We all became part of God’s army when we were baptized.  Centuries ago, basic training was the period of time one was a catechumen. One enlisted by becoming a catechumen. By the time baptism occurred, the candidate for baptism had been trained, had understood expectations and was ready to be commissioned.  Now it seems that we enlist and are commissioned on the same day, which means we have to go back and receive the training we didn’t get prior to baptism in the years that follow a baptism.  We have to receive some basic training as well as carry out our commission.  Unfortunately, for many of us, we have to go back to the moment that training began, to learn how to just say “Yes, sir” to God.  And while none of us in God’s army are going to be forced to alternate between facing a drill sergeant and facing his building, our army actually will be more successful when people learn how to face God and His Church building with a greater sense of obedience and purpose.

Having now completed this unit on baptism, we are about to turn our attention to a unit about the work of the Church, the work in which we all play a part.

[For this reflection, the customary “prayer” (which is usually a Psalm) is going to be replaced with a prayer from the Baptism service (all translated by Fr. Seraphim Dedes).  When you offer this prayer, you can replace the “him (her)” with “I” and make it personal to yourself.  In fact, I encourage you to pray the prayer each day in the first person, as a way of recommitting yourself to your baptism.]

Sovereign Master and Lord our God, Who through the baptismal Font bestows heavenly Illumination to them that are baptized; Who has regenerated this Your servant bestowing upon him (her) forgiveness of his (her) voluntary and involuntary sins; do You lay upon him (her) Your mighty hand, and guard him (her) with the power of Your goodness.  Preserve unspotted his (her pledge) of Faith in You.  Account him (her) worthy of Life everlasting and Your good favor.  For You are our sanctification and to You we give glory, to the Father and the Son and the Holy Spirit, now and forever and to the ages of ages.  Amen.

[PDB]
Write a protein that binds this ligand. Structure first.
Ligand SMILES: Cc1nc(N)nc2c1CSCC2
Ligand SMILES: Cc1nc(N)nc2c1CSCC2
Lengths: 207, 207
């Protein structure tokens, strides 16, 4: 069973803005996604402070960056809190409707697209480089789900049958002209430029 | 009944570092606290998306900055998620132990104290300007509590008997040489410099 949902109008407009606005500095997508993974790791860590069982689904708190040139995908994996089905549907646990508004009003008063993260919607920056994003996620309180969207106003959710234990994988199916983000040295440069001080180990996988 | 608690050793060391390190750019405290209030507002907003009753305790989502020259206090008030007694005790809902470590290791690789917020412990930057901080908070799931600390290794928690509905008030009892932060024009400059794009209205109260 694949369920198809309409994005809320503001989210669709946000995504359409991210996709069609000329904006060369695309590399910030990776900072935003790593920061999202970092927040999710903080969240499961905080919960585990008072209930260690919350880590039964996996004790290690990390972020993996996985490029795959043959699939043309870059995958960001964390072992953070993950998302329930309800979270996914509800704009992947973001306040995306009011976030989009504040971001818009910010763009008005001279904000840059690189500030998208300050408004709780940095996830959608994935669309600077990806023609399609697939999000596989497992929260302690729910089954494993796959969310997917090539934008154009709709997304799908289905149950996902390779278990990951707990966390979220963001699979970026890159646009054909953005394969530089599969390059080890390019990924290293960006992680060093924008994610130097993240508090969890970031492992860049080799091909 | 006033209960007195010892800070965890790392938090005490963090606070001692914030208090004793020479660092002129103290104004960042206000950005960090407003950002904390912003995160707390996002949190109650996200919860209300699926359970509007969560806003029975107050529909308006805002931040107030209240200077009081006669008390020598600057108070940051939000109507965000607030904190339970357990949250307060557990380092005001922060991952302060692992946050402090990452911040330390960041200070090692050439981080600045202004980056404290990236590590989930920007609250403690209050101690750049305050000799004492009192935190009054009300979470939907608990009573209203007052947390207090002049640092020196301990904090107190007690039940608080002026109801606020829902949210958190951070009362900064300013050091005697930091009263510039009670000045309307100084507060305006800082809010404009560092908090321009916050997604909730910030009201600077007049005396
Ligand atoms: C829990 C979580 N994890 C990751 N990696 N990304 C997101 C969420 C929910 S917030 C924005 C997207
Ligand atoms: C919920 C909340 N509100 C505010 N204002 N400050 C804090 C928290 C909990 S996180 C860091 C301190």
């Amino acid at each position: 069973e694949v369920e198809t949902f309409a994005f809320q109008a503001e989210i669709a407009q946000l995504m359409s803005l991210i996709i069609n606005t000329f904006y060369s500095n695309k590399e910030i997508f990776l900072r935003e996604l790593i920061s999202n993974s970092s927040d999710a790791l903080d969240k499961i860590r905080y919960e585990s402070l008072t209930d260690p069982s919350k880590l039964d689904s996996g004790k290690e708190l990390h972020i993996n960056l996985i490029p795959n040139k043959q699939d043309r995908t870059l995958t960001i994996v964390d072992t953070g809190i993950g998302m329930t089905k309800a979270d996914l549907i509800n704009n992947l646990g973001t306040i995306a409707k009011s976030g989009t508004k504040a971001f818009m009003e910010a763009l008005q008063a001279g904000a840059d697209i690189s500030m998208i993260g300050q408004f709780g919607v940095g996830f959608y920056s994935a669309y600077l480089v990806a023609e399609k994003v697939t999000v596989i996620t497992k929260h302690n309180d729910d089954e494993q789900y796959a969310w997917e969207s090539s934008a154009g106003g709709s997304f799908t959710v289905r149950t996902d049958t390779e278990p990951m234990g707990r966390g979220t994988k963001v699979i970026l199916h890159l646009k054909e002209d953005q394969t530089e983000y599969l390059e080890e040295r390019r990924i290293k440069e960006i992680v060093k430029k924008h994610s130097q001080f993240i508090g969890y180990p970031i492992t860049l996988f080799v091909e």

We are all part of God’s army. We have all enlisted, we all need training, and we all have received a unique commission.  Train today, and live out your unique commission as well.

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The Revised Standard Version of the Bible is copyrighted 1946, 1952, 1971, and 1973 by the Division of Christian Education of the National Council of the Churches of Christ in the U.S.A. and used by permission. From the Online Chapel of the Greek Orthodox Archdiocese of America.


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Categories: The Prayer Team


Fr. Stavros Akrotirianakis

Fr. Stavros N. Akrotirianakis is the Proistamenos of St. John Greek Orthodox Church in Tampa, FL. Fr. contributes the Prayer Team Ministry, a daily reflection, which began in February 2015. The Prayer Team now has its own dedicated website! Fr. Stavros has produced multiple books, you can view here: https://amzn.to/3nVPY5M